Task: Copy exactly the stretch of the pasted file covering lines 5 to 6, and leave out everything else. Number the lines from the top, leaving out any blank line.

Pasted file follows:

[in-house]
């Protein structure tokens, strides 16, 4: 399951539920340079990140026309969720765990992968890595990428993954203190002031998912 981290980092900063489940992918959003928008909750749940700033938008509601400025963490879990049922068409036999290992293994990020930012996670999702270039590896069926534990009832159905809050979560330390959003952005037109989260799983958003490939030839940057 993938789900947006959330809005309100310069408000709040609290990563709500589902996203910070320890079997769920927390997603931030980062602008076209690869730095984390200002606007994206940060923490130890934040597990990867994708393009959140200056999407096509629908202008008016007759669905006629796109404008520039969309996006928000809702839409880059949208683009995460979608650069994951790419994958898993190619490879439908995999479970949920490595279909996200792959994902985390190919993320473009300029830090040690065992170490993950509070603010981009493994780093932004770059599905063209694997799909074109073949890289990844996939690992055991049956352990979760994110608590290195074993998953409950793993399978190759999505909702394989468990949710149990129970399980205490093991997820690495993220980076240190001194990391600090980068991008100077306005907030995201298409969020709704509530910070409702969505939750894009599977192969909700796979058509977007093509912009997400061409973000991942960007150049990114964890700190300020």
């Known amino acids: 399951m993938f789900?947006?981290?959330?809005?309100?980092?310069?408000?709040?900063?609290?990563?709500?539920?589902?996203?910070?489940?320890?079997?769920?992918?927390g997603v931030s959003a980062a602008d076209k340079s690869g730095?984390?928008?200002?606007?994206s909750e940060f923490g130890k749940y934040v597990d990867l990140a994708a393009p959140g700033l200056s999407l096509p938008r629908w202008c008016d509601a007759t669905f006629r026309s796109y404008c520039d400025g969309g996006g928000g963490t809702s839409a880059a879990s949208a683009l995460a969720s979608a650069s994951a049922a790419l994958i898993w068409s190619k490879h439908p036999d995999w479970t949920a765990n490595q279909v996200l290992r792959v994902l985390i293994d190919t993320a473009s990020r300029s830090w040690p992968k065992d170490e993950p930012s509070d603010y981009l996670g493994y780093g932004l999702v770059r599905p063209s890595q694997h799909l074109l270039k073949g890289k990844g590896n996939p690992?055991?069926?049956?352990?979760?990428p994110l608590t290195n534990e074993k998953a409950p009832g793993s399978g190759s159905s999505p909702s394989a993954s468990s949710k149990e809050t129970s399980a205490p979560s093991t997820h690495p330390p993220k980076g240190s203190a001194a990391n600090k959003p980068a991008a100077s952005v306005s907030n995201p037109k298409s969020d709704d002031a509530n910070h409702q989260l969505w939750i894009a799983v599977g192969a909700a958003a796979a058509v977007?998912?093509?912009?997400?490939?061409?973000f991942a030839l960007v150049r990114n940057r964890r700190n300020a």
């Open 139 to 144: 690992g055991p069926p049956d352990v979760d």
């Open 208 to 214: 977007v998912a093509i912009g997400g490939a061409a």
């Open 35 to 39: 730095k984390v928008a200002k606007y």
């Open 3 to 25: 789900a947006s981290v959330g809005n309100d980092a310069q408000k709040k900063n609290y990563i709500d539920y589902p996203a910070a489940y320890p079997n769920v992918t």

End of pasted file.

């Open 208 to 214: 977007v998912a093509i912009g997400g490939a061409a």
């Open 35 to 39: 730095k984390v928008a200002k606007y």